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If you’re remodeling your bathroom, you might be thinking about building a tile shower. Many people hire professionals to tile their showers, but depending on the project, your budget, and your timeline, you can learn how to build a tile shower and install it on your own.

Not only will we tell you some basic information about how to build a tile shower, but we will also discuss some things to consider before you take on this unique DIY bathroom project.

Some Things To Consider Before Tiling Your Shower

A white tile bathroom inspiration for your how to build a tile shower project

A shower with tile is not only durable and practical, but it can add an aesthetic touch to any bathroom. Before you start taking apart your old shower or head to your local home improvement store and fill your cart with tile, there are some things to consider.

If, after you’ve decided that a tile shower is an ideal project to take on, we’ll move on to teaching you how to build a tile shower.

Cost

Every home improvement project costs money, regardless if you hire a professional or DIY. The cost to tile your shower will vary greatly as it depends on the size of your shower, the type of tile you use, the cost of materials needed, and other factors.

According to some estimates, you can build a shower for just a few hundred dollars or spend thousands; again, there are many factors to consider when looking at the cost. While we can’t give you an exact cost, we can give you some price estimates to consider.

  • Tile can cost anywhere from $.50 to over $80 per square foot
  • Cement backer board is about $10 per sheet
  • Waterproof and crack prevention membrane is about $50
  • Adhesive, grout and other materials start around $50

Before you jump right into building the shower, it’s a good idea to do some price comparisons (which may mean shopping around online or at a few different home improvement stores).

Time

Most DIY projects take at least a day, and in many cases, most DIYers devote a full weekend to work on a home improvement project. The length of time it takes for you to build your tile shower will greatly depend on the size of the shower, how many tiles you are using, how much experience you have if you have help, and other factors.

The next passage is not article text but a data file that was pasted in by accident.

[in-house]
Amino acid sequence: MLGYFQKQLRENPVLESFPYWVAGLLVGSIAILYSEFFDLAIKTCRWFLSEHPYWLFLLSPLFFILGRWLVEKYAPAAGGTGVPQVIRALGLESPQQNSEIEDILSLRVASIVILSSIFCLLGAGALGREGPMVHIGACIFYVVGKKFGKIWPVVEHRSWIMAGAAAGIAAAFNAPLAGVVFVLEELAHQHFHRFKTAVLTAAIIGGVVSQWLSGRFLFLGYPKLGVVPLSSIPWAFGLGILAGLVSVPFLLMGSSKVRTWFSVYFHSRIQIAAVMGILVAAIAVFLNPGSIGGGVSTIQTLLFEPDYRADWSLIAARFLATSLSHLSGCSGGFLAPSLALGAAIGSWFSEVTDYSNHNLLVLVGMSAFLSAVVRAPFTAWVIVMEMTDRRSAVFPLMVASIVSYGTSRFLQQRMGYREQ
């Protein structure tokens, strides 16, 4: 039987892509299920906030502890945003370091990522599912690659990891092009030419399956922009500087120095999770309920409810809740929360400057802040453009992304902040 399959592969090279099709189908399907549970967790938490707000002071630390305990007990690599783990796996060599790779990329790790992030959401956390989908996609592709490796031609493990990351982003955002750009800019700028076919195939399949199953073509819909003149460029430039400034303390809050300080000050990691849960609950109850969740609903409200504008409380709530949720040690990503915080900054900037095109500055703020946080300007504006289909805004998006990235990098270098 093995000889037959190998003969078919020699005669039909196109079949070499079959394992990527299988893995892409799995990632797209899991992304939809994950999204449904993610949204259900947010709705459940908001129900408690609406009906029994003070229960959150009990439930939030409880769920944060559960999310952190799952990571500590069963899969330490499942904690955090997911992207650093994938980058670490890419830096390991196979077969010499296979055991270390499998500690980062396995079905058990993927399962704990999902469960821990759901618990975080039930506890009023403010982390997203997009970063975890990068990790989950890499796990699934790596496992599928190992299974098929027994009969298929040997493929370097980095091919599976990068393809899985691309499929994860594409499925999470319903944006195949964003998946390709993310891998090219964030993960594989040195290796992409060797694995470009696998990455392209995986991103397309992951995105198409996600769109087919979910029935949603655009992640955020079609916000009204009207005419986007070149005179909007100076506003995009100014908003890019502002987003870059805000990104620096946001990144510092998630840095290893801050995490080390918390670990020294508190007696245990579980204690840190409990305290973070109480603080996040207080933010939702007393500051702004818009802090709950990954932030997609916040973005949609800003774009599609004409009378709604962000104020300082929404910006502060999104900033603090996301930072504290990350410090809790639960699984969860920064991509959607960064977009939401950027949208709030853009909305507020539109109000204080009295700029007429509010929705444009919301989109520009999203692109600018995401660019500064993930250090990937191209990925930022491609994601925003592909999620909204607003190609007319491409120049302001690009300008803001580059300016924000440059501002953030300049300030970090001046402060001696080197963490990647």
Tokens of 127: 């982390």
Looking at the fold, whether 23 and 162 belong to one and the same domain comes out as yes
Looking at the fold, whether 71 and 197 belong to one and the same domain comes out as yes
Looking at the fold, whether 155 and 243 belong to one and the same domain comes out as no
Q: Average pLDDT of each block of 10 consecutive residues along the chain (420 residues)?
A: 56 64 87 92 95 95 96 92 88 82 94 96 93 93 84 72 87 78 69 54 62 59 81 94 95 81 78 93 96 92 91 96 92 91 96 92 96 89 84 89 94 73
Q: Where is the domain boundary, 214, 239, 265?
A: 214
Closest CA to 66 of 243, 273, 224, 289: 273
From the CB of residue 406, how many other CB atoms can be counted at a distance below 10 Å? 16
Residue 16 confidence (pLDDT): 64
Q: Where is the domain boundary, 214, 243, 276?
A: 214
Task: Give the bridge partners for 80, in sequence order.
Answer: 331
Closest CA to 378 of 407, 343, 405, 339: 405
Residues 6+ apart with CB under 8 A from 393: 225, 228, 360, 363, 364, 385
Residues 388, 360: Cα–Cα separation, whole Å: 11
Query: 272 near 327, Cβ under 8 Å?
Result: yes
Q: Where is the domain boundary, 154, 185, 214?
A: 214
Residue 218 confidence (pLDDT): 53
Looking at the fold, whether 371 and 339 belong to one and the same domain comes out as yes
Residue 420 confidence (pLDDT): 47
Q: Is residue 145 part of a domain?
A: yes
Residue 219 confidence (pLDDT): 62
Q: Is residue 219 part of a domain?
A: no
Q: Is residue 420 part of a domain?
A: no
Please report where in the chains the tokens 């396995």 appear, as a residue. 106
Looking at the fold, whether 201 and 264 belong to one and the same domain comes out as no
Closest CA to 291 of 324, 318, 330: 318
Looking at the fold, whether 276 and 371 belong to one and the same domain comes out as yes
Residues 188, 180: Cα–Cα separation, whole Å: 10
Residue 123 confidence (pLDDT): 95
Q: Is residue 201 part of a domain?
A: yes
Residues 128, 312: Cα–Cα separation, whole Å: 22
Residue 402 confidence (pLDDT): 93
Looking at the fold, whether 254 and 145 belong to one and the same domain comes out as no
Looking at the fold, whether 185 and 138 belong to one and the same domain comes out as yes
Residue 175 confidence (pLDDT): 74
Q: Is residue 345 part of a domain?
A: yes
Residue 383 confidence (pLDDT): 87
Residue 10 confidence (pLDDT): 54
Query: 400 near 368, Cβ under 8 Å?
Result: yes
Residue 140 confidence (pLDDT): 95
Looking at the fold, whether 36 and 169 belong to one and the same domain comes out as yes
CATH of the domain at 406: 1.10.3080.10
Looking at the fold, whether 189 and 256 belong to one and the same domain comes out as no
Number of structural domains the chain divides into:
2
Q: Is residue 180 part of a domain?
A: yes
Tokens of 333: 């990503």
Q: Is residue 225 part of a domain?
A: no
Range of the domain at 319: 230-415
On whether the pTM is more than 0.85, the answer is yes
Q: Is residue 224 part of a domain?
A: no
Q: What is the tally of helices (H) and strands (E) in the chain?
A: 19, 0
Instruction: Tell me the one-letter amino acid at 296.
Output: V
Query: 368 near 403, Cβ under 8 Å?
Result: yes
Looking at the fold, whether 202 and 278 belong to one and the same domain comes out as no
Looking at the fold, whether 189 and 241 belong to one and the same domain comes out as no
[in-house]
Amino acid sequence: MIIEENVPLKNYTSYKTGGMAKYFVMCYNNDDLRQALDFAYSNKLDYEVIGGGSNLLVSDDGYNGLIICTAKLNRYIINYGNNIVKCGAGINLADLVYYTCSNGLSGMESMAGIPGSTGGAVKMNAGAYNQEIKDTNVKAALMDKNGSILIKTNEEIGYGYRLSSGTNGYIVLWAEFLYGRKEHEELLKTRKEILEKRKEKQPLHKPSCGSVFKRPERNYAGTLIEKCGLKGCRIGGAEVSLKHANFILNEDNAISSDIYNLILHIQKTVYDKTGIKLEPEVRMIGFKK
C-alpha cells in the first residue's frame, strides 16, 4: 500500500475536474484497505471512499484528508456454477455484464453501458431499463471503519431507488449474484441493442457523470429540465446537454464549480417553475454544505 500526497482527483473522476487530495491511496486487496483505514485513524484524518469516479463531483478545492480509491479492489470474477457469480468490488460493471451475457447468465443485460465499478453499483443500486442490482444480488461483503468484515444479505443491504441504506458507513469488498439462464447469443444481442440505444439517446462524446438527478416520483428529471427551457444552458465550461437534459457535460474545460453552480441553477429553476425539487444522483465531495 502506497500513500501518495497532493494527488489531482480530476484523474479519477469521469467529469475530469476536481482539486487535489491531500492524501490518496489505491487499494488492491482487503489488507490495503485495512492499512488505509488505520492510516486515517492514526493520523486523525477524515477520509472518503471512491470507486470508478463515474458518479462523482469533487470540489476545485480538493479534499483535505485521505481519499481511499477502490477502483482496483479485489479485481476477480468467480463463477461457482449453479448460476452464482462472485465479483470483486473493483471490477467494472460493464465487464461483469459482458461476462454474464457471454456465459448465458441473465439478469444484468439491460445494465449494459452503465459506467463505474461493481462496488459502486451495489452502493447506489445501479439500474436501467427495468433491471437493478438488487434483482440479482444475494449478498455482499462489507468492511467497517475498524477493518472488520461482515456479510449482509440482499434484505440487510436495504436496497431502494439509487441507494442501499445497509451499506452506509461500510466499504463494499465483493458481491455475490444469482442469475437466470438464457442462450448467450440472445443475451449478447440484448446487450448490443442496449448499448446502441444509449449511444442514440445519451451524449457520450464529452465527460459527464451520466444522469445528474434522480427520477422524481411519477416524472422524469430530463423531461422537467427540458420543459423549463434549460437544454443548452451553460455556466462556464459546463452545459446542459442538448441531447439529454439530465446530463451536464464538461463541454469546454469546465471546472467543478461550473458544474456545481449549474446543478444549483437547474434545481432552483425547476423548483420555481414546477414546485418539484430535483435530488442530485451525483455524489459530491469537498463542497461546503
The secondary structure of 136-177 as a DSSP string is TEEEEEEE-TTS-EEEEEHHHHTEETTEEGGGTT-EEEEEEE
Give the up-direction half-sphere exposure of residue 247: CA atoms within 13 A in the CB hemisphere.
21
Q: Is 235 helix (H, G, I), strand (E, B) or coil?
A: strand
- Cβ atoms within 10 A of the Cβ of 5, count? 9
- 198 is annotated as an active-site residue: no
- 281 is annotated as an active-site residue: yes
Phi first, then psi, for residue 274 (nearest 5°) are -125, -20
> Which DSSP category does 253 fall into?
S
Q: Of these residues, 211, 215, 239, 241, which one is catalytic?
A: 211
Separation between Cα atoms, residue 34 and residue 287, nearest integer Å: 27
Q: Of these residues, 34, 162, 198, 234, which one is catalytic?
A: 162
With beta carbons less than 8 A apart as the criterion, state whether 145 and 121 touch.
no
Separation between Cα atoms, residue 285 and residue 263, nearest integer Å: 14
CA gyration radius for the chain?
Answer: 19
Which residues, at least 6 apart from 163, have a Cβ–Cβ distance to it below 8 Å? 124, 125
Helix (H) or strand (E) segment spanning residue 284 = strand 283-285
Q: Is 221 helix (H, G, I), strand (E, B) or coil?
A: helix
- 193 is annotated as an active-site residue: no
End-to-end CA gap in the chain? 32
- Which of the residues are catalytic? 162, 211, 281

While tiling pros tend to get a shower built in about a day, you can expect that it might take at least two days (as you’ll need to consider extra time for grout).

Is Now The Right Time To Build A Tile Shower?

If you have a lot going on in your life and if building a tile shower doesn’t excite you, it may not be the right time to build a shower. It’s best to wait until you have the time and energy for building your own shower.

If your shower is starting to show more than just regular wear and tear, if you’re experience leaking, or if your shower pan is in bad shape, you should plan on building a shower sooner than later; the opportunity may be ideal for building a tile shower.

A Quick Look At Pros and Cons

A man demonstrating how to build a tile shower

While time and money are typically the deciding factors in almost all DIY home projects, it’s always good to weigh the pros and cons. Let’s take a quick look at the pros and cons of tiling a shower, as they can help you make a more confident decision about a tiled shower.

Pros

Even though there are other types of showers that you can build or install into your bathroom, a tile one is a great option for the following reasons:

  • Freedom of creativity due to the various types and colors of tile
  • Some tiles are eco-friendly and made from recycled materials
  • Tiles can be cut to fit any space
  • A great option if you’re planning on selling your home as it may help with resale value
  • Easier to move supplies in and out of a small bathroom
  • Easy to keep clean
  • Most tiles are stain resistant

Cons

Although time and cost can be common downsides to building your own tile shower, you may want to skip tiling your own shower if you have significant water damage from leaking or you need to replace some of your plumbing. If you have larger issues related to your shower, consult a professional first; you can always put in a shower after other problems are addressed.

If you’re hesitant to give tiling a try, find a friend who has a little experience or ask someone else to give you a hand. Not only can it be helpful to have another person, but it can make the project more fun.